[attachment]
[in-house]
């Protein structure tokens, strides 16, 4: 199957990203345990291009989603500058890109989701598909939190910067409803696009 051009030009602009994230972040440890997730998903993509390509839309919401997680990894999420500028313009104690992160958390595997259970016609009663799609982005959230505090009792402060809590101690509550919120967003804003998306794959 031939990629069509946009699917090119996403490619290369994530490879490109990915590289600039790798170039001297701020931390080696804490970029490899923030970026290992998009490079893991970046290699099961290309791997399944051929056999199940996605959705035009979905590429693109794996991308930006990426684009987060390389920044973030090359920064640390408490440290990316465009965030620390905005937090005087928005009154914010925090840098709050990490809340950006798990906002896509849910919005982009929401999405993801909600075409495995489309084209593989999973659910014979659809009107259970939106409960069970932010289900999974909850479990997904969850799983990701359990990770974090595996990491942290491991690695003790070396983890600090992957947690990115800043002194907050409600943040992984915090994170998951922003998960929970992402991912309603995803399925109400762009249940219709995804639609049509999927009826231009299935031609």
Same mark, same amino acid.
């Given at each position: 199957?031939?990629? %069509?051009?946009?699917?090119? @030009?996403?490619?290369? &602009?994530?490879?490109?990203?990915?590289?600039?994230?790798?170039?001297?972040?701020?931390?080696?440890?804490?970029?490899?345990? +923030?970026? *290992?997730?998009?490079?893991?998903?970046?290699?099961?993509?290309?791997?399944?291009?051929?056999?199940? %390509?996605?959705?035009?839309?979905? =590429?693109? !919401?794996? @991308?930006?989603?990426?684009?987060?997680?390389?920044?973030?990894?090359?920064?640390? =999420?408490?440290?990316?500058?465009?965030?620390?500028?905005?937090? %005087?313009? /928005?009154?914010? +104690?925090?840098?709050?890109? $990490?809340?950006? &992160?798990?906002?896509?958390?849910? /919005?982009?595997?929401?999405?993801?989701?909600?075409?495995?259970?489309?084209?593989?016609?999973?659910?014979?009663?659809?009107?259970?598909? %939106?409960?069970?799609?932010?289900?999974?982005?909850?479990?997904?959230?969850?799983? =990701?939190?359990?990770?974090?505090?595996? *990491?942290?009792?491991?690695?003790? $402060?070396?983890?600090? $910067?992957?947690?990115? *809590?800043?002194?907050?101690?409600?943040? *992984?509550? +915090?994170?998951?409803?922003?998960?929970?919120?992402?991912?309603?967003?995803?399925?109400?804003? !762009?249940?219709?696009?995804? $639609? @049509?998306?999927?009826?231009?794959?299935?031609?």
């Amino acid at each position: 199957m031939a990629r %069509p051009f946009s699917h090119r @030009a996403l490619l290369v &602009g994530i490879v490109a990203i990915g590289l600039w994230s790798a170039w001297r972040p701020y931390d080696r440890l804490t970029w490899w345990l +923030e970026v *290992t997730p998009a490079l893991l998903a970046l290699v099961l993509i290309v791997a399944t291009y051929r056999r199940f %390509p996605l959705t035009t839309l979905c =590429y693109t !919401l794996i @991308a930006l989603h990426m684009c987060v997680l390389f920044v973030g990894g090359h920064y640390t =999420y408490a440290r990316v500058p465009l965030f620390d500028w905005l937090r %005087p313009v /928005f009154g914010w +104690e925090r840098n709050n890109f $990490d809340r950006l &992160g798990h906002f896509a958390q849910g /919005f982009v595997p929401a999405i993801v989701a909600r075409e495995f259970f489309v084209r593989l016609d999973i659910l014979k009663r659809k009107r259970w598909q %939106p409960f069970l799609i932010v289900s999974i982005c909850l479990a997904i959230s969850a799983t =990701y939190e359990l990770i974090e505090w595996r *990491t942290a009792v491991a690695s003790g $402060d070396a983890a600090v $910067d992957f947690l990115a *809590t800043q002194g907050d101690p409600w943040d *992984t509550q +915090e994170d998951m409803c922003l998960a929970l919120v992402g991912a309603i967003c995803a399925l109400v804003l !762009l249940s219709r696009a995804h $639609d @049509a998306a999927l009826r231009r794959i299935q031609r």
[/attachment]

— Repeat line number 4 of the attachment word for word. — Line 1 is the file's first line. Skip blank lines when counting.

């Given at each position: 199957?031939?990629? %069509?051009?946009?699917?090119? @030009?996403?490619?290369? &602009?994530?490879?490109?990203?990915?590289?600039?994230?790798?170039?001297?972040?701020?931390?080696?440890?804490?970029?490899?345990? +923030?970026? *290992?997730?998009?490079?893991?998903?970046?290699?099961?993509?290309?791997?399944?291009?051929?056999?199940? %390509?996605?959705?035009?839309?979905? =590429?693109? !919401?794996? @991308?930006?989603?990426?684009?987060?997680?390389?920044?973030?990894?090359?920064?640390? =999420?408490?440290?990316?500058?465009?965030?620390?500028?905005?937090? %005087?313009? /928005?009154?914010? +104690?925090?840098?709050?890109? $990490?809340?950006? &992160?798990?906002?896509?958390?849910? /919005?982009?595997?929401?999405?993801?989701?909600?075409?495995?259970?489309?084209?593989?016609?999973?659910?014979?009663?659809?009107?259970?598909? %939106?409960?069970?799609?932010?289900?999974?982005?909850?479990?997904?959230?969850?799983? =990701?939190?359990?990770?974090?505090?595996? *990491?942290?009792?491991?690695?003790? $402060?070396?983890?600090? $910067?992957?947690?990115? *809590?800043?002194?907050?101690?409600?943040? *992984?509550? +915090?994170?998951?409803?922003?998960?929970?919120?992402?991912?309603?967003?995803?399925?109400?804003? !762009?249940?219709?696009?995804? $639609? @049509?998306?999927?009826?231009?794959?299935?031609?």